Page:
Gavin Smith retraces the resurrection of Scotland's most southerly distillery, and discovers why it is being directed by an Irishman.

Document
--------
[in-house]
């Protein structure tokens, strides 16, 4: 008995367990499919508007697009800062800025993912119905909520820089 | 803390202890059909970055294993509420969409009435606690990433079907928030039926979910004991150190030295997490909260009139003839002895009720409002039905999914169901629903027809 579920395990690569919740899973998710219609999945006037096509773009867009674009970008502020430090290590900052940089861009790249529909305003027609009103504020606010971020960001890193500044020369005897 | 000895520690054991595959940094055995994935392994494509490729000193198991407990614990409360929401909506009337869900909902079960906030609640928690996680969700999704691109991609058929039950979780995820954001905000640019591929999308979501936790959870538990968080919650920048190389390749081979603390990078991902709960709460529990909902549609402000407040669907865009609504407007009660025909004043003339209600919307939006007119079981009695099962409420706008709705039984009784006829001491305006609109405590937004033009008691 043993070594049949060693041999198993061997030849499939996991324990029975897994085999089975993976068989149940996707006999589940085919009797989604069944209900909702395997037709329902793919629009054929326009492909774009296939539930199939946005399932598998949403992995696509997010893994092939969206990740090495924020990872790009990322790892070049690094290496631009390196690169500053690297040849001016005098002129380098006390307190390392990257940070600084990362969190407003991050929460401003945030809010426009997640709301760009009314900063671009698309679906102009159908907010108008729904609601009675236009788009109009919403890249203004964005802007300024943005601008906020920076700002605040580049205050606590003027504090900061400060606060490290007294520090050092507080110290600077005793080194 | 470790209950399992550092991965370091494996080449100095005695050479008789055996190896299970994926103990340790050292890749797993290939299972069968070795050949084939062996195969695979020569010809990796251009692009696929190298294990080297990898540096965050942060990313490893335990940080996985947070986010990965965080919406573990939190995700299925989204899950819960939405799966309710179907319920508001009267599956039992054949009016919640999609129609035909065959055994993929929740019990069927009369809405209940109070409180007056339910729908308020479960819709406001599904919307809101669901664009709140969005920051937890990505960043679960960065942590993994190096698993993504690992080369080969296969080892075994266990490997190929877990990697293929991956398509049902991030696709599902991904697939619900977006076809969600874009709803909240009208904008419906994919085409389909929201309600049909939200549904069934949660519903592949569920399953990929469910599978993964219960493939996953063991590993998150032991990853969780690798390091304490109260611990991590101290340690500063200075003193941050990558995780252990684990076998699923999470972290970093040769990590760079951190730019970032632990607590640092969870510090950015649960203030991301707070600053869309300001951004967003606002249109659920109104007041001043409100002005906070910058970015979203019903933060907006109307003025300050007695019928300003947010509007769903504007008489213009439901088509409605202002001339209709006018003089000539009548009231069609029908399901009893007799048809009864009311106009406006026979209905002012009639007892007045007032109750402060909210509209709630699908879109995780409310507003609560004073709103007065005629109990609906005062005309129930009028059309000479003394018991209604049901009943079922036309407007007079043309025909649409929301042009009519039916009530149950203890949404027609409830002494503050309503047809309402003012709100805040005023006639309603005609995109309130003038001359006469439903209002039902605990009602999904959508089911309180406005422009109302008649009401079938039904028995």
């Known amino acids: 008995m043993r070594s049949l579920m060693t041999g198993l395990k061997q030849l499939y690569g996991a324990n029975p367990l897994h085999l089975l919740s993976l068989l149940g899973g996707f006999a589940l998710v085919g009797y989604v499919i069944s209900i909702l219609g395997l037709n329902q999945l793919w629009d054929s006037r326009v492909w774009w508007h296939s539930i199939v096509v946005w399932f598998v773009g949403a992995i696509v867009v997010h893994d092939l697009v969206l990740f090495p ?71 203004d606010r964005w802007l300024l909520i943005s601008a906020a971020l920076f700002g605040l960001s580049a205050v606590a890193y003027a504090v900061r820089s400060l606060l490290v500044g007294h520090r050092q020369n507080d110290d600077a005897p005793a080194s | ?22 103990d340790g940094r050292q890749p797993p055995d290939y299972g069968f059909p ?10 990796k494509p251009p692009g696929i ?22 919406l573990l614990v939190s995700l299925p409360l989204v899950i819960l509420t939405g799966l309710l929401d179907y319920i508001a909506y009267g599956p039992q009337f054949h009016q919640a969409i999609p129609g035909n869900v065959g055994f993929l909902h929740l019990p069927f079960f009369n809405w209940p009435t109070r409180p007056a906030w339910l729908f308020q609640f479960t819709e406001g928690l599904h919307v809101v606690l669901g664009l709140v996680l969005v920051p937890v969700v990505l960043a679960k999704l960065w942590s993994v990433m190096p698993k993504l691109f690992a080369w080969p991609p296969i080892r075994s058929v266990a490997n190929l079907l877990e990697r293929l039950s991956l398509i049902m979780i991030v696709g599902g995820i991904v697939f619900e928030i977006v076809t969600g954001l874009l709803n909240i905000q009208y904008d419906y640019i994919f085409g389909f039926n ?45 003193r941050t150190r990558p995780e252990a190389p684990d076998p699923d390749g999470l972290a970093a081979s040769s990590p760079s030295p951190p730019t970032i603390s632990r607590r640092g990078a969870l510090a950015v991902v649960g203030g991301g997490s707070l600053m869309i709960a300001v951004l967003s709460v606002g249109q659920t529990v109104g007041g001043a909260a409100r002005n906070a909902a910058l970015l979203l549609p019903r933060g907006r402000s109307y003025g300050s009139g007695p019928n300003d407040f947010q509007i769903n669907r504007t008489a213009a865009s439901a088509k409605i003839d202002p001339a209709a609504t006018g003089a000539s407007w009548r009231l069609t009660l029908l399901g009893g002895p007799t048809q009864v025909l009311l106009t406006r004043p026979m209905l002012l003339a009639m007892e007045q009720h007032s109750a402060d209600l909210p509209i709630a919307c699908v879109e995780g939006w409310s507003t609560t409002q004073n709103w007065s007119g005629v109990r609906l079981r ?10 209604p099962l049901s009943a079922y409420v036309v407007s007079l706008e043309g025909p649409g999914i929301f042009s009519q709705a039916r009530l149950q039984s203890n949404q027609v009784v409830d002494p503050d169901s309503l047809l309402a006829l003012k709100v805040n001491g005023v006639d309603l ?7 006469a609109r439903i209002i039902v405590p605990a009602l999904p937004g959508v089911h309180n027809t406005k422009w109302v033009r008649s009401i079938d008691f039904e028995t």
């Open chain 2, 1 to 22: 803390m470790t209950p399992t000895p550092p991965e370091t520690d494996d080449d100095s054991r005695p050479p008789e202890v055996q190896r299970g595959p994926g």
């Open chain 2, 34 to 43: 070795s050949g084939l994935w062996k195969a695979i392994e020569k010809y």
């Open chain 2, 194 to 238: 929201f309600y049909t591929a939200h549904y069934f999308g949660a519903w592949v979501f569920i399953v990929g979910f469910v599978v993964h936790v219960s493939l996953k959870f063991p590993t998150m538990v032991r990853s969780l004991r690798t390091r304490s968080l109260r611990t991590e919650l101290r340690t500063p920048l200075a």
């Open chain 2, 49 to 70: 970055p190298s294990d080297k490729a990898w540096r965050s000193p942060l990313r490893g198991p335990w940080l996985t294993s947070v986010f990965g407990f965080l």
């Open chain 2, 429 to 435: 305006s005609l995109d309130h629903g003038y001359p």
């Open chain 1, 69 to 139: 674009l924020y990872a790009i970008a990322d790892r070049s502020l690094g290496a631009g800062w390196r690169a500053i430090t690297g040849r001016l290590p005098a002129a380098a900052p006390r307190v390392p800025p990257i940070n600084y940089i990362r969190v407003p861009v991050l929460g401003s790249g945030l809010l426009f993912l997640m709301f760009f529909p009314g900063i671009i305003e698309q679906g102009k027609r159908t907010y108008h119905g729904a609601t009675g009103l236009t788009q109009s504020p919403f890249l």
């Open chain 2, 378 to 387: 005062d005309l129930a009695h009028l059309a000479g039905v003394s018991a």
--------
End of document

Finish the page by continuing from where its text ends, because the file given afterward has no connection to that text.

It’s a sad fact that de-commisioned distilleries, like old fighters, seldom make comebacks, and the last two decades of the 20th century were not kind to Scotland’s whisky-making facilities. Overall output was reduced, ‘rationalisation’ took place, and plants were mothballed, converted, or even demolished. It has therefore been a particular pleasure to see two historic distilleries coaxed back to life.Benromach on Speyside is operating once more under the auspices of Gordon & MacPhail (see Whisky Magazine Issue 4), while in the opposite corner of Scotland, spirit is again flowing at Scotland’s most southerly distillery of Bladnoch, situated on the Machars peninsula in deepest Galloway, just 30 miles as the sober crow flies from the coast of Northern Ireland.While Gordon & MacPhail has an impeccable whisky lineage, dating back more than a century, the architect of Bladnoch’s rebirth is Raymond Armstrong, an affable, energetic Ulsterman whose background is as a surveyor with the Northern Irish civil service, and latterly as proprietor of his own successful construction company in Banbridge, County Down.Armstrong has a long-standing interest in whisky, and a penchant for the elusive Irish brands of Redbreast and Green Spot. When his arm is twisted, he is also known to take the odd ball of ‘Bush’, even while in Lowland Scotch country!Armstrong has absorbed a great deal of information about whisky-making from a variety of sources, most significantly from Dr Alan Rutherford, the former UK Production Director of United Distillers, and John Herries, who worked at Bladnoch for 10 years prior to its closure by in June 1993.Herries is central to the project to get Bladnoch distilling again, and he describes himself as “stillman, mashman, and the everything else man now, too.” Armstrong is fulsome in his praise of Herries and the rest of the workforce, noting: “their flexibility is marvellous. There’s a real eagerness to see the place operating again, not just among the employees, but in the area generally.”Local goodwill towards Armstrong and his plans to resurrect Bladnoch is partly due to the fact that he has a genuine interest in the area and its people, along with a reputation for saying “yes” to anybody who needs space for an activity. Empty warehouses have played host to line dancing groups, and prior to the re-commencement of distilling, a full-size wrestling ring was located in the filling store.The cask store has been converted into a popular venue for musical concerts, wedding receptions, parties and other events, and Bladnoch is the only distillery in Scotland to boast its own record label, Distilled Records, which produces CDs of concerts held there and showcases local musical talent.Bladnoch distillery occupies an attractive site beside the river of the same name, just a mile from Wigtown, which is Scotland’s designated National Book Town, and a mecca for bibliophiles from all over the world. The climate in this corner of Scotland is sufficiently temperate for Logan Botanical Garden to thrive a few miles west of Bladnoch, and such is the lop-sided nature of the English-Scottish border that the distillery is on almost exactly the same latitude as Newcastle-upon-Tyne.While researching his epic tome The Whisky Distilleries of the United Kingdom in the mid-1880s, Alfred Barnard visited some 28 Lowland distilleries, and the intervening century has been particularly hard on the region. The 1980s saw St Magdalene at Linlithgow and Rosebank at Falkirk fall victim to DCL down-sizing, and with the demise of Bladnoch, just Glenkinchie in the east and Auchentoshan in the west continued to fly the flag for Lowland single malts. Bladnoch has never been very well known outside of its native Galloway, which is a pity, as it is at least equal to the heavily-promoted Glenkinchie, in many people’s opinion.This south-west corner of Scotland is rich in Christian heritage sites, with strong historic links to the north of Ireland, and Christianity is thought to have arrived in the Whithorn area from Ireland before St Columba reached Iona. The secret of distilling also reputedly crossed the Irish Sea with missionaries and monks, and spread from Galloway, Kintyre and islands such as Islay.Bladnoch distillery was founded between 1814 and 1817 by Thomas McClelland, who probably ran it with his brother, John. The first time it passed out of the family’s hands was in 1930, when it was bought by the Belfast distilling company of Dunville. Its Irish legacy remains in small details at Bladnoch, such as the metal base of the grain elevator, which bears the stamp of a Belfast engineering company. Since that time, Bladnoch’s history has been characterised by numerous changes of ownership and a lengthy period of silence.Dunville’s sold Bladnoch for £3,500 in 1936, shortly before going into liquidation, and the distillery lay silent for the next 20 years. In 1956 a major programme of restoration was undertaken by the new proprietors, Bladnoch Distillery Ltd, as some of the previous equipment had been sold to Sweden. In 1966 the next owner, Ian Fisher, installed two additional stills in the workshop and boilerhouse building which adjoins the stillhouse. By the late 1980s they were in poor condition, not having been worked for some time, and were therefore removed to make way for new electrical equipment.In 1973 the American-owned company Inver House acquired the site, operating Bladnoch for a decade, before selling it to the expanding empire of Arthur Bell & Sons in 1983. Another decade later, now part of United Distillers, Bladnoch’s comparative remoteness counted against it, and the company decided to concentrate its Lowland energies on Glenkinchie, handily located within easy reach of Edinburgh. The last spirit flowed from Bladnoch’s stills in June 1993.Raymond Armstrong laughs at the suggestion that for the second time in Bladnoch’s existence the Irish have returned to do more missionary work. He has been a frequent visitor to Scotland since childhood holidays spent with a Motherwell grandmother, and for many years prior to purchasing Bladnoch, the Armstrong family had a holiday home a few miles to the east in Dalbeattie.Armstrong’s association with Bladnoch dates from 1994. He spotted the redundant site and decided to make enquiries about the possibility of buying it, intending to keep the manager’s cottage for his own use, while continuing to run the popular and potentially highly profitable distillery visitor centre, and convert the main buildings into holiday apartments. “Structurally the place was in very good condition,” notes Armstrong. “In fact, United Distillers had spent a lot of money renewing roofs and doing other work not long before they closed it.”UD had been close to clinching a deal to sell Bladnoch to the now defunct Gibson International company – then owners of Littlemill and Glen Scotia distilleries – but when this fell through Armstrong was one of very few people who expressed an interest in the site. When told the asking price, Armstrong suggested, tongue-in-cheek, that if they moved the decimal point a place to the left then perhaps it would be worth negotiating. This is pretty much what happened in the end, and in November 1994 Bladnoch was in Northern Irish hands for the second time in its history.A restrictive covenant prevented Armstrong from distilling on the site in future, but by the beginning of 1998 he was keen to explore the possibility of making whisky there once more. His decision to attempt to distil again was principally brought about by a desire to secure a supply of Bladnoch single malt to sell on site. “I wouldn’t like to find myself running out of the product for the visitor centre 10 or 20 years down the line,” he says, making it clear that he intends his association with the distillery to be a long-term one.A UD survey suggested that it would cost between £300,000 and £450,000 to get Bladnoch up and running again. Armstrong reckons to have managed the task for around £150,000.“United Distillers still had the electrical plant which they had removed from Bladnoch sitting in a warehouse up north,” he says. “It was second-hand, but still in good condition, and I was able to buy it back for £15,000 plus VAT. That saved me a lot of money, and was a deciding factor in the viability of starting to distil again. I am extremely grateful to United Distillers for that opportunity”. Protracted negotiations with UD led to an agreement whereby Armstrong may distill up to 100,000 litres of spirit per annum, a figure roughly equivalent to the weekly output of one of the major Speyside distilleries. During the 1988/89 distilling season Bladnoch produced 1.24m litres of spirit, and a century previously Barnard wrote after his visit: “the make is pure Malt, and the annual output 51,000 gallons”. That was more than twice the amount Armstrong will make, so with four acres of warehousing, which once held in excess of 33,000 casks, the latest boss of Bladnoch will not have to worry about finding space to store his new make for some time to come. “We are doing two three ton mashes per week,” says Armstrong, “and the plan is to be working for 40 weeks of the year, actually distilling on Thursday and Friday. We have John Herries and another ex-employee working on production, and there are up to eight people working on the visitor side of the business in summer.” He is encouraged by the interest expressed by brokers in the new spirit, noting that “we intend to sell it as an eight-year-old at the earliest. I think that at seven Bladnoch is still quite sharp. My favourite bottling is the UDV 10 year old. I think that’s probably its optimum age. Bladnoch is notably popular with first time whisky drinkers, who make up a fair proportion of our visitors, rather than distillery-baggers, and ladies in particular tend to take to it.”One of the joys of owning Bladnoch for Armstrong is the opportunity it affords to meet people and chat with them. It is not unknown for him to invite particularly interesting tourists into his cottage for a coffee.A visit to Bladnoch earlier this year, a few weeks prior to distillation re-commencing, saw John Herries describe with a contented smile his current duties as, “finishing connecting up all the pipework, checking the equipment, painting and cleaning. Lots of painting and cleaning.“When the distillery closed down I worked in a fish factory and a yoghurt factory,” recalls Herries, with no hint of nostalgia for those days.“ It’s great to be back at the distillery. I was involved in the last mash that was made here, so it will be nice to be involved with the first one again.”Armstrong intends the Bladnoch single malt he makes to be as similar in character as possible to the Bladnoch that went before. He points out that the water source remains the same and that all the essential plants that could affect the spirit’s character date from before the closure. “I know we have a product that should be almost exactly the same as before,” he notes. “Harold Currie was very brave when he built his Isle of Arran distillery because he didn’t know what he would get, but we do.”Armstrong has done a deal with local farmers to supply them with the high-protein draff from distilling free of charge in return for removing the effluent at the same time. “The River Bladnoch is tidal here,” he says. “And in the past all the effluent was run into the river at high tide. Of course, you can’t do that sort of thing anymore, though apparently it did attract very big mullet!”It rapidly becomes obvious during a tour of the plant that a lot of work had to be done in order that distilling could take place at Bladnoch again. Sections were cut out of almost every piece of pipework in the place, and all valves, pumps and heat exchangers were removed. Reinstating the plumbing has been time consuming and frustrating. A replacement mash tun floor has been fitted, along with a new Cochran boiler – built a few miles along the Solway coast at Annan – to provide an efficient source of steam for the stills.The six Oregon pine washbacks which date from Bell’s custody of the distillery remain in place, as do the single pair of stills. The wash still has a capacity of 13,5000 litres, and the spirit still holds some 10,000 litres. A redundant kiln has been acquired from an Islay distillery and is to be installed in the maltings. “We don’t intend to do our own malting,” says Armstrong, “but I got the offer of this for a good price, so I thought we might as well have it. You never know what we might want to do in